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Is it Safe to Swim?

Is it Safe to Swim?

During summer, Wellington’s regional, city and district councils monitor the quality of water at popular beaches and rivers each week. Toxic algae is currently at very high levels in the Hutt River. There are a lot of floating algae mats in the river which are toxic if swallowed.

Dogs are attracted by the musty smell and eat them. People could accidentally swallow while jumping in the water or swimming. We are recommending no swimming in the river, for people and dogs, and keep your dogs on leads around the river.

Our water quality in the region is usually very good, but there are a few things to keep in mind before you dunk your head under. Especially if you’re a dog!


Water quality alerts

Check our interactive alert map for the latest water quality and toxic algae information.

If you notice a problem with water quality then you can report it to us on 0800 496 734.


Hutt River - remains unsafe south of where the Akatarawa Tributary meets with the Hutt River. 

Otaki and Waikanae Rivers - both rivers have veery low levels of toxic algae, and are safe for swimming. They both have large amounts of harmless green and diatom algae.

Akatarawa, Whakatikei and Mangaroa Rivers - safe for swimming, but keep an eye out for toxic algae

Pakuratahi River - remains unsafe for swimming where the river flows beneath SH2 where it joins with the Hutt River.

Petone Beach - safe to swim. There is some marine 'mirco algae', but this is completely safe.


Toxic algae in the Hutt River:

Floating algae mats 

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The algae forms leathery looking mats on rocks in the riverbed, ranging from blackish/brown to dark green in colour. These mats can come loose and wash up on the edge of the rivers, or floating in shallow water. As they dry out they turn light brown or white and produce a strong musty smell.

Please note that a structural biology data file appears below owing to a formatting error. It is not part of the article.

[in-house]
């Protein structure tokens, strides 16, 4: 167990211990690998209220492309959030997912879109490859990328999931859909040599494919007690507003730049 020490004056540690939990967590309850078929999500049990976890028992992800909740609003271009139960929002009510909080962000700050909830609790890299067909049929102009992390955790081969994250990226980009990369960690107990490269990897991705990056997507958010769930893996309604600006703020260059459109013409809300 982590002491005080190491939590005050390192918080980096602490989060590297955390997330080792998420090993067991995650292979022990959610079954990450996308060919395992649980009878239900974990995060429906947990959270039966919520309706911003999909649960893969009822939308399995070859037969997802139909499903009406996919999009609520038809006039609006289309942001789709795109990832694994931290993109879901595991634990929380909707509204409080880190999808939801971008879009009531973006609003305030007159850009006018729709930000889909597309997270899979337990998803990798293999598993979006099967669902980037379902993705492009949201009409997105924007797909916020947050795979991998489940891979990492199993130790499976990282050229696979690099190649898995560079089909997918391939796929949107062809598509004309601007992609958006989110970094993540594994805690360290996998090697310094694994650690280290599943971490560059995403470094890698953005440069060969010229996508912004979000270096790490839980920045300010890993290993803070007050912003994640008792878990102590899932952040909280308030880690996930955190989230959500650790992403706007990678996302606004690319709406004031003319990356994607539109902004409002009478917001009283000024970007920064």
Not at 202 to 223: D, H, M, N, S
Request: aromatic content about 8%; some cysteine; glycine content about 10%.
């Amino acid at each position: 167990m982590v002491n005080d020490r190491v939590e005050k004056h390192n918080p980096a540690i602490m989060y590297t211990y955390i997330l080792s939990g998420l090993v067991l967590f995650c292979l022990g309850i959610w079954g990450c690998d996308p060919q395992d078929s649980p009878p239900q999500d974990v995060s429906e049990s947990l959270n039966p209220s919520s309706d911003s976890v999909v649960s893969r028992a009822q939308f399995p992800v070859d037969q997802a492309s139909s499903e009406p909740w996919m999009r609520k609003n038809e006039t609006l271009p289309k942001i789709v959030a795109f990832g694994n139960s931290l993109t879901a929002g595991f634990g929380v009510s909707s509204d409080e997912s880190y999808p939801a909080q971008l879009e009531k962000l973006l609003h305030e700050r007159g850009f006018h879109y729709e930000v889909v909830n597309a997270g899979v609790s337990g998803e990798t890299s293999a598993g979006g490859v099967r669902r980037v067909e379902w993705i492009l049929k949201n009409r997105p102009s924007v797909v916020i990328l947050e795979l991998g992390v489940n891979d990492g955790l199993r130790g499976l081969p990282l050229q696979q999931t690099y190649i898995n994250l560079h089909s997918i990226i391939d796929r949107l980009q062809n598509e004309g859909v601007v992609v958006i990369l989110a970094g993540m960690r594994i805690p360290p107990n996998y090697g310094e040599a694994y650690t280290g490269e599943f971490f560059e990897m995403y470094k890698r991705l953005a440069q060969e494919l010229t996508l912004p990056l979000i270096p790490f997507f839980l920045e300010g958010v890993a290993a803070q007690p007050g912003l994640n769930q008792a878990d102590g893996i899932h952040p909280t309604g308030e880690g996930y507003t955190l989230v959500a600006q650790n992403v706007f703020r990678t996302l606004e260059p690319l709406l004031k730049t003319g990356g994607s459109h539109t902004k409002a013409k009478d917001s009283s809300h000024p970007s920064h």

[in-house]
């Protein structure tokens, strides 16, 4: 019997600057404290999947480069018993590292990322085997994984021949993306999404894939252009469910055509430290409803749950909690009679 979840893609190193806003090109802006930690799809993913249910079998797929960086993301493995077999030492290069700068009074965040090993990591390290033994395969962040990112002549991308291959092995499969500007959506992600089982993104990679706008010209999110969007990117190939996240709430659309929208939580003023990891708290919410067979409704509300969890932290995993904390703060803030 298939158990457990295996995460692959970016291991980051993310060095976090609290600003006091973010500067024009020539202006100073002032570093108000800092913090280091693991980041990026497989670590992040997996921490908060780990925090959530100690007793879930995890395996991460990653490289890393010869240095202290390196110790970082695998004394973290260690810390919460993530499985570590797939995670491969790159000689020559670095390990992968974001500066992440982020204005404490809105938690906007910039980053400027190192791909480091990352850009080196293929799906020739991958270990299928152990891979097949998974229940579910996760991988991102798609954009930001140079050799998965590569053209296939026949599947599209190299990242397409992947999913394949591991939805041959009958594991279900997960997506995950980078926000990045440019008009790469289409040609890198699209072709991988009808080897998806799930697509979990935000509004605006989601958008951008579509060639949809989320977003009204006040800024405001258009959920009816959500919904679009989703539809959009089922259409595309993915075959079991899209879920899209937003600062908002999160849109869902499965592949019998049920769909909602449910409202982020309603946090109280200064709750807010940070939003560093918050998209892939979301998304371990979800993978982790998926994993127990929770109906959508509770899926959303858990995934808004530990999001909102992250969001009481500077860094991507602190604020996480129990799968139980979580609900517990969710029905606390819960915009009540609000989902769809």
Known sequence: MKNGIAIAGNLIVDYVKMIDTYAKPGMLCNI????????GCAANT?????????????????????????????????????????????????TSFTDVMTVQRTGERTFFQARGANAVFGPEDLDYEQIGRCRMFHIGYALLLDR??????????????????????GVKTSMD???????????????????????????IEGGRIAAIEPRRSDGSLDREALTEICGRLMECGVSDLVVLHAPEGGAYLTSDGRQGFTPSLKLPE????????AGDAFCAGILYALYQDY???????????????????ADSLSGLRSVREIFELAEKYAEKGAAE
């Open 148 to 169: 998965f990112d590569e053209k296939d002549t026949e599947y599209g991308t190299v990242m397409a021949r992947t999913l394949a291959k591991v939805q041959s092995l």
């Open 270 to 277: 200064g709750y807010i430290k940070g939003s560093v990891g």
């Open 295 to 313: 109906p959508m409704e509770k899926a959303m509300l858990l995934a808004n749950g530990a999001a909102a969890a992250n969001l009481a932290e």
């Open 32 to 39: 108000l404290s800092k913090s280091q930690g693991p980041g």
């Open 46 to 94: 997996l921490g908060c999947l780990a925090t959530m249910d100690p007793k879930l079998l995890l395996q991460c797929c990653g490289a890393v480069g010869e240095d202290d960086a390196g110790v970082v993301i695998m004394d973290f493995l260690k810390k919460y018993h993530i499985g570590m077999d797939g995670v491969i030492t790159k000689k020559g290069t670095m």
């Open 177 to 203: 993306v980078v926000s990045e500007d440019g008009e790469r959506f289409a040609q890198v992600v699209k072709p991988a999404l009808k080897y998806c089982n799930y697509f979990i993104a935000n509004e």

Deadly for dogs

Dogs love the musty smell and may try to eat the mats if they get the chance. The algae produces a powerful neurotoxin, and in extreme cases, dogs can die within 30 minutes after the first signs of poisoning. 

The best thing you can do to keep you and your dog safe is:

  • to know what toxic algae looks like and avoid it
  • Check our monitoring information for a heads up where algae may be at dangerous levels - if in doubt keep your dog on a lead
  • Henley Lake in Masterton often has high levels of toxic algae - we recommend you don't let your dog swim in or drink from this lake.

If you think your dog may have eaten algae, take it to a vet immediately. Even a 50 cent size piece of algae can be deadly to a dog. If you have been swimming in a river or lake and you feel unwell and have any of the following symptoms including nausea, vomiting, numbness, tingling, muscle twitches, shaking, weakness, breathing difficulties and potentially convulsions and loss of consciousness see your doctor. 

Toxic algal mat growing on the river bed

Toxic algal mats washed up on the river's edge

Wait for two days after heavy rain before you swim again

Heavy rain flushes contaminants from urban and rural land into waterways and we advise you not to swim for at least two days after heavy or prolonged rain – even if a site generally has good water quality.

Find out more about water quality


National water quality information


you are travelling outside of the Greater Wellington region you can find national water quality information on LAWA. LAWA is a key resource for measuring the current state of New Zealand's waterways and shows longer-term trends, information and data.